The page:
Skeletal muscle microvascular blood volume increases after a meal to increase glucose and insulin delivery to the muscle. In obese individuals this microvascular action in muscle is lost (Keske et al. 2009 Diabetes Care). However, exercise training can improve muscle microvascular responses in the postprandial state (Russell et al. 2017 Diabetes Care). We hypothesized that people who are overweight but are habitual exercisers would have similar increases in microvascular perfusion following a mixed meal as people who are lean and exercise regularly.

Methods: Nine lean (LEAN+Ex, BMI < 23 kg/m2) and five overweight (OW+Ex, BMI > 27 kg/m2) physically active participants (> 75 min of vigorous intensity or > 150 min of moderate intensity exercise per week) were recruited. Body composition was assessed by DEXA. After an overnight fast, participants underwent a mixed meal challenge (1214 kJ). Thigh muscle microvascular responses were assessed by contrast-enhanced ultrasound at rest and 1 hour after the mixed meal.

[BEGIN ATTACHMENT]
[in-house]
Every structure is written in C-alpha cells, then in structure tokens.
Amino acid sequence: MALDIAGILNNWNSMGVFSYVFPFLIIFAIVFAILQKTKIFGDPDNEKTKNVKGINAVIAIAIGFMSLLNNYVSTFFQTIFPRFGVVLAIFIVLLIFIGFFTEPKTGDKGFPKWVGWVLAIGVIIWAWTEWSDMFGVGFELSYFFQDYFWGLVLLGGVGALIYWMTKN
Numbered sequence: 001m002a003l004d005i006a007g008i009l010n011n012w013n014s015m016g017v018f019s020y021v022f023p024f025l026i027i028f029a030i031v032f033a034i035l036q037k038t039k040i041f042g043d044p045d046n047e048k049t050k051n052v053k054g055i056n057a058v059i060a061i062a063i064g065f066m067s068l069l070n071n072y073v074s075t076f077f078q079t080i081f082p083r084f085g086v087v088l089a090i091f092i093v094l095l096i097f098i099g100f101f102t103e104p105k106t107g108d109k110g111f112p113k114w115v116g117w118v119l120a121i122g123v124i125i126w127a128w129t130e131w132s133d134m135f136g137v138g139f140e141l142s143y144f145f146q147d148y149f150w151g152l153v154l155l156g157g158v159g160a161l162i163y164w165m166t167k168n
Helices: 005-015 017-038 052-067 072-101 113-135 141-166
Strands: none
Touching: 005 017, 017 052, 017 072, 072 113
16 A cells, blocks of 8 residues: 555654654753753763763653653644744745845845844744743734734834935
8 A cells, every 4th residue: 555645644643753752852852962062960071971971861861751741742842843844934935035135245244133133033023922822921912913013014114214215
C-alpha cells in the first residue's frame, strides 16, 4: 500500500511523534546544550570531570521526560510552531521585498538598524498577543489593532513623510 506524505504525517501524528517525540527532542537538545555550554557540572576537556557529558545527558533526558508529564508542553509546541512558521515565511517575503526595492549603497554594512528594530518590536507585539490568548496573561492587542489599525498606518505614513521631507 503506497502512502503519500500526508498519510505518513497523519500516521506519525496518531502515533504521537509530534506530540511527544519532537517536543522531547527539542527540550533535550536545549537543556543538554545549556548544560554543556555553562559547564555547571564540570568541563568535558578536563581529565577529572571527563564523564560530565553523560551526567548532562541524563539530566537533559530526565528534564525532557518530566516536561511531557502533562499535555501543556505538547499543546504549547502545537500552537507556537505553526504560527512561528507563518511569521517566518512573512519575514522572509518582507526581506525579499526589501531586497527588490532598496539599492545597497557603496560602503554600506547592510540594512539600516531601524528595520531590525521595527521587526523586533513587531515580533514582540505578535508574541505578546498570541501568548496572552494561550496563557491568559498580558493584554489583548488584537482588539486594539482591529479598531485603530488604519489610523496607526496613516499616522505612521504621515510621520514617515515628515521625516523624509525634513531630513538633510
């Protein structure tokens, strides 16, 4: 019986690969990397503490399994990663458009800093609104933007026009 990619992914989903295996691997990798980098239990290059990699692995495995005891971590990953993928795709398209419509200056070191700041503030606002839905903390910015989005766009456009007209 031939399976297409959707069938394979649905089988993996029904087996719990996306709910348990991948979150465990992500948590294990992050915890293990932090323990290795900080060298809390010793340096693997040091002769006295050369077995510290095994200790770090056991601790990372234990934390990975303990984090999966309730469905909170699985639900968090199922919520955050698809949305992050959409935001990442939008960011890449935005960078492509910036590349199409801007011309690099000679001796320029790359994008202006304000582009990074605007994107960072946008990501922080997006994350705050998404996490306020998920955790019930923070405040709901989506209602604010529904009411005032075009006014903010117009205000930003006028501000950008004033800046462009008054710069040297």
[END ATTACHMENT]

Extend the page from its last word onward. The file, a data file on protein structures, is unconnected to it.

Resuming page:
Results: Data are presented in Table 1 (Mean ± SE, * p<0.05 vs. LEAN+Ex; + p<0.05 vs. resting).

Conclusion: The postprandial increase in microvascular blood volume in the Lean+Ex group was not observed in the OW+Ex group. These data suggest that habitual exercise is not sufficient to overcome the negative effects of being overweight on muscle microvascular responses to a mixed meal.


A.C. Betik: None. D.J. Morrison: None. L. Parker: None. K. Roberts-Thomson: None. M. Keske: None.


Institute for Physical Activity and Nutrition

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